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PBJ IV filesThis post is part one in a multi-part series examining the Boy Scouts’ Oregon “Perversion files.”

For background, the “Perversion Files” are a subcategory of the Boy Scouts’ Ineligible Volunteer Files (or “IV Files”) — secret files kept by the national Boy Scouts of America in their headquarters starting shortly after the Boy Scouts were founded in 1919.  Each perversion file documented information about an individual scout leader, most of whom were suspected of sexually abusing boys.  By 1935, over 1,000 men had been kicked out of Scouting for sexually abusing boys.  Nevertheless, the Boy Scouts kept the problem of Scout Leaders sexually abusing boys as quiet as possible and, for decades, failed to implement reasonable policies to protect boys in the local troops.

There are dozens of files from Oregon that document sexual abuse of boy scouts by trusted Scoutmasters.  This is one of those stories.

On September 14, 1987, prosecutors in La Grande, Oregon indicted a former Eastern Oregon “Scouter of the Year”—Franklin Leon Mathias—on multiple counts of sexual abuse of teenage boys. Mathias had served for decades as a elementary teacher in public schools, as a devout Mormon who gave his time to Sunday School classes, and as an adult volunteer in Scouting. While there was much shock and surprise over these revelations, a criminal psychiatric evaluation of Mathias noted that he had “joined church and became involved in scouts to have access to victims.”

The Church, Scouts, and even the police had done their best to keep the scandal quiet. Senior Scouting District Executive, Larry Sorensen, noted that:

[A]ll information concerning the nature of [Mathias’s] problem was held confidential until September 4 1987 when he was arrested. Apparently, to my knowledge, the only people who were appraised of the situation were key church leaders in the La Grande, Oregon Stake of the L.D.S. Church and the La Grande 2nd Ward, a church counselor and the State Police conducting the investigation, all of which held information in strict confidence.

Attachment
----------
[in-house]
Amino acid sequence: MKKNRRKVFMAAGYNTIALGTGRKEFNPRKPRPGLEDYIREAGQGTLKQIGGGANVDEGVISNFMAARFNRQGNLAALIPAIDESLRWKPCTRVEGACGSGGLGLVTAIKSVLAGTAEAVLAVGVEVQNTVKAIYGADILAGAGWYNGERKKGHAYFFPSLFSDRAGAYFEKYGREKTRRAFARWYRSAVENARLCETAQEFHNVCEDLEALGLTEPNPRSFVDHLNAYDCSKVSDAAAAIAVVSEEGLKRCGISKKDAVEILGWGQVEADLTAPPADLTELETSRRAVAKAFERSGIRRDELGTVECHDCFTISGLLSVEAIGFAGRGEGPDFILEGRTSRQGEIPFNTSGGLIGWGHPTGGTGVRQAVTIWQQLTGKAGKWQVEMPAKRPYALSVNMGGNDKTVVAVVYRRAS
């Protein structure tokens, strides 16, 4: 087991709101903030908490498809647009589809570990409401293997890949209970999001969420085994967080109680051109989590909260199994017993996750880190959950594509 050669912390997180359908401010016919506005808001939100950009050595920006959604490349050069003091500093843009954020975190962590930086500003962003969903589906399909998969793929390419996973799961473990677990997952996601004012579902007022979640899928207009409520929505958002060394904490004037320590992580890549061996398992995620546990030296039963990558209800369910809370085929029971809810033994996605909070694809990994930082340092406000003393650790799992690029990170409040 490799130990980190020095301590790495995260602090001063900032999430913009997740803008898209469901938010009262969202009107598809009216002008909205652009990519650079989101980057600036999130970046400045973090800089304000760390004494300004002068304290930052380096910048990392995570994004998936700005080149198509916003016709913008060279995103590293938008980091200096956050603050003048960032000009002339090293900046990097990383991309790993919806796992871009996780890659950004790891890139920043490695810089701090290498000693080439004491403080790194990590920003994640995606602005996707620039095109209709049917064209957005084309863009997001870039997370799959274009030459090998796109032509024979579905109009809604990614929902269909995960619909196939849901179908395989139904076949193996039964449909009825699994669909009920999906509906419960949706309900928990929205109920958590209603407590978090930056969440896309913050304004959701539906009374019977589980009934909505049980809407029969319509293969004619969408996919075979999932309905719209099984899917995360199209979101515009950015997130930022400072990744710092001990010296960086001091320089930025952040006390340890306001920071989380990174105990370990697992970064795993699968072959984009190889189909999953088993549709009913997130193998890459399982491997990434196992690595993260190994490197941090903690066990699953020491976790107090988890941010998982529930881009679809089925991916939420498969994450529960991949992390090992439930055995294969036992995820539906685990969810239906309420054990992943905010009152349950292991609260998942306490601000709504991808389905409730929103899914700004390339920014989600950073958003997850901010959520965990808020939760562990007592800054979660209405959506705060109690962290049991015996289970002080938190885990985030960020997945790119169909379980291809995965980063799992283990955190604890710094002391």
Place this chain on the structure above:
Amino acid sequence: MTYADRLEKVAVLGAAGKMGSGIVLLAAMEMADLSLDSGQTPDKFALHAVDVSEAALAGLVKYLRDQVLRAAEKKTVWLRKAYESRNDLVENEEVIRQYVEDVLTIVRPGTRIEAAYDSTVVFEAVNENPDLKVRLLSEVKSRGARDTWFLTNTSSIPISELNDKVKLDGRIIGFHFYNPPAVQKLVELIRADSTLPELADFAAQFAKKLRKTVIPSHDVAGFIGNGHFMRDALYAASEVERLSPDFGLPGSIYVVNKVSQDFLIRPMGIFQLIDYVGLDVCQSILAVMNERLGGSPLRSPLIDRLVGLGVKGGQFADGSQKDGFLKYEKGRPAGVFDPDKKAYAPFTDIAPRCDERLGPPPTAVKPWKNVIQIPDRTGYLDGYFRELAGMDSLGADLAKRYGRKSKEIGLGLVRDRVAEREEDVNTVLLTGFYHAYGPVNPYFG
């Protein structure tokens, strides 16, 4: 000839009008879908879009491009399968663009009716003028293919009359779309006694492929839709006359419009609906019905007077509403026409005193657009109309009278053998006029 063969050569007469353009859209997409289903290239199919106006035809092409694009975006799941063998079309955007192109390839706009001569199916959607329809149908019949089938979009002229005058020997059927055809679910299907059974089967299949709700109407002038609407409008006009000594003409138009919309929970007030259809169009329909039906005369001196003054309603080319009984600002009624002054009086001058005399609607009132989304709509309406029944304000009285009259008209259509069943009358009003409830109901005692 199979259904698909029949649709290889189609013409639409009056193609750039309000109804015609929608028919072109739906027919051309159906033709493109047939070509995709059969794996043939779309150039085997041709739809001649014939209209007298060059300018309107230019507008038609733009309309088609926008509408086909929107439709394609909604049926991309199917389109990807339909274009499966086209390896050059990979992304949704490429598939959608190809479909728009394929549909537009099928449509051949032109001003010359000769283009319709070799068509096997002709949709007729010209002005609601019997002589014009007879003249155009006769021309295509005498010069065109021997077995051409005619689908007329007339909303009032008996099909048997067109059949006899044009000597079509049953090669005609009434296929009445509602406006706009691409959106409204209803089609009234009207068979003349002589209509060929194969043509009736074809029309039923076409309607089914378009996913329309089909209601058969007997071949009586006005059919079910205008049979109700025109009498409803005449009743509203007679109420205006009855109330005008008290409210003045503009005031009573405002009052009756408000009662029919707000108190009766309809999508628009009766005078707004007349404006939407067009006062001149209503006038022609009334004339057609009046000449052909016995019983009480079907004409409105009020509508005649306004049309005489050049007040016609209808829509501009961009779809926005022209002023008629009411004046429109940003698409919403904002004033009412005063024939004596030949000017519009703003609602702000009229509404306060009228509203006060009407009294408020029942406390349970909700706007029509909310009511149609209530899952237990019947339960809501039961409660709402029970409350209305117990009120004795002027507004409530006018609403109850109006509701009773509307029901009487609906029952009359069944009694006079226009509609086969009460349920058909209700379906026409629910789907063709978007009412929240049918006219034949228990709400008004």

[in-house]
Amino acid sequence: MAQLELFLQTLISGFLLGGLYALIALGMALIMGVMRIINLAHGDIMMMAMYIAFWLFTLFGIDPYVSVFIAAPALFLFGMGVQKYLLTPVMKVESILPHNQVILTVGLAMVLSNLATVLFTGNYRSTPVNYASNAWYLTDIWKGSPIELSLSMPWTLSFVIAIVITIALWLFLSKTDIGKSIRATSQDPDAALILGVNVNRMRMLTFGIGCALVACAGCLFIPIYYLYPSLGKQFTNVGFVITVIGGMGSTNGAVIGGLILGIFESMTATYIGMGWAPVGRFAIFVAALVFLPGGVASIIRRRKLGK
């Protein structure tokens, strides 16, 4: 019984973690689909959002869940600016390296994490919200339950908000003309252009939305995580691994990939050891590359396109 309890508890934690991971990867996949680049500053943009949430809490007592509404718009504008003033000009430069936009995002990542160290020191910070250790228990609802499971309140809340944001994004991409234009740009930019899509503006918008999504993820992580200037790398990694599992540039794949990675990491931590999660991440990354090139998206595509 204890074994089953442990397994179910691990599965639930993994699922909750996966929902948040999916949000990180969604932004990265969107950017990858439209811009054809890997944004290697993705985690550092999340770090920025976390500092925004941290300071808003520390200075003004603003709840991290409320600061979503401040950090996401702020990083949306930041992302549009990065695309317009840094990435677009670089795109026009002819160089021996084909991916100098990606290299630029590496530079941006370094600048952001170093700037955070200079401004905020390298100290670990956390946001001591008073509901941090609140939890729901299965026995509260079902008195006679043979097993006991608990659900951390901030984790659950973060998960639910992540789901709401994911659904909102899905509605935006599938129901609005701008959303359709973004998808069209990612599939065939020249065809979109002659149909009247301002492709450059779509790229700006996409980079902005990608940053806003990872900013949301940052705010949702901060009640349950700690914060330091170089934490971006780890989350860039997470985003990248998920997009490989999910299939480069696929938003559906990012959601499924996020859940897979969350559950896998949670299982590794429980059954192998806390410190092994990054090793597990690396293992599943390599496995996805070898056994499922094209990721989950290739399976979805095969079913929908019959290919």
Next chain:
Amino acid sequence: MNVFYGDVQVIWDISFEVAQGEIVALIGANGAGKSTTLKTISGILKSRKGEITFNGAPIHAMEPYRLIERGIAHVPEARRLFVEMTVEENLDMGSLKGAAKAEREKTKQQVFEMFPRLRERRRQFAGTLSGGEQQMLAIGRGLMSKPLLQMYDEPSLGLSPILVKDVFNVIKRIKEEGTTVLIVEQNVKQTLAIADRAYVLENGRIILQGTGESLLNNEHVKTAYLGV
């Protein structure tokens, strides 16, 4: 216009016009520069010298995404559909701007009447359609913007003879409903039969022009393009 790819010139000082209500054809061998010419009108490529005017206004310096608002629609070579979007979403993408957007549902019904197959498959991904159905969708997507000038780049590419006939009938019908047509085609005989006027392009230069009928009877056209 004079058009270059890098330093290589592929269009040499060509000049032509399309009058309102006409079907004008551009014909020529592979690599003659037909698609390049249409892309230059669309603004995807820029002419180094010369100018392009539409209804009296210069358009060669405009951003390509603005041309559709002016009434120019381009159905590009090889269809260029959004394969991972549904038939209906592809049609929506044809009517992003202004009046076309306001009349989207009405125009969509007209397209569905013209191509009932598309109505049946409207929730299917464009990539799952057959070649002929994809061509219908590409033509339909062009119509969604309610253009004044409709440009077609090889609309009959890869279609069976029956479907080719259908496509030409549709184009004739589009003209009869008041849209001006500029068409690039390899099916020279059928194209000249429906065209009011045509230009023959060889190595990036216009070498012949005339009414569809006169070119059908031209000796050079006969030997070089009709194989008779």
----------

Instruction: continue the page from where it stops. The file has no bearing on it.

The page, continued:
The Scouts had selfish reasons for keeping these types of stories quiet—namely to avoid bad publicity and private lawsuits filed by sexual abuse survivors or their parents.

Then a proverbial bombshell hit La Grande: during the sentencing phase of Mathias’s trial, Union County District Attorney Russ West announced that his office’s investigation into Mathias had uncovered evidence that Mathias had sexually abused more than 70 victims during Mathias’s adult life. Mathias himself admitted to sexually violating ten boys at Greenwood Elementary School in 1962. Greenwood officials had learned about Mathias’s sexual abuse of students, but “agreed not to prosecute if [Mathias] avoided teaching, scouts or other activities that involve children.”

Naturally, Mathias did not keep his word with Greenwood Elementary. The judge in Mathias’s criminal case, lamenting the lack of transparency and accountability, stated, “I am disappointed . . . that this matter wasn’t handled by the system in 1962 – we wouldn’t have all this wreckage now.”

During Mathias’s trial, a local Scout Executive from Kennewick, Washington optimistically reported to BSA headquarters that, “So far, we are not involved and do not have any lawsuits pending against us.”  The manager of the Boy Scout’s secret Perversion Files at Boy Scouts Headquarters, Paul Ernst, wrote back to say: “[t]hank you for your help in protecting the youth of America.”

Of course, the Boy Scouts efforts to keep the problem of child sexual abuse a secret did just the opposite — fostering a system and culture of abuse that would result in further wreckage of the lives of untold numbers of boys.  The Mathias case is a prime example of how keeping abuse a secret — sweeping it under the rug — only allows predators to continue abusing others in the future.

You can read the complete Perversion File on Frank Mathias here:  franklin-leon-mathias

The attorneys at Crew Janci LLP have extensive experience holding the Boy Scouts of America, the Mormon Church, and other institutions of trust accountable, exposing the truth and making today’s youth safer.

If you have any information about Franklin Mathias, the L.D.S. Church, or sexual abuse in an institution of trust, we would like to speak with you on a confidential basis. Please contact us toll-free at 888-407-0224 or use our confidential online form. 

It’s never too late to speak the truth. You are not alone.  We are here to help.

Peter Janci

Peter has represented more than one hundred victims of sexual abuse over nearly a decade. In Spring of 2010, Peter Janci served as part of the Plaintiff’s trial team in Kerry Lewis v. Boy Scouts of America — a child sexual abuse trial in Portland, Oregon that resulted in a $19.9 million verdict for the Plaintiff. Peter has tried a number of jury and bench trials, in addition to representing clients at arbitration and meditation. Peter has also helped obtain dozens of other significant settlements for other survivors of sexual abuse.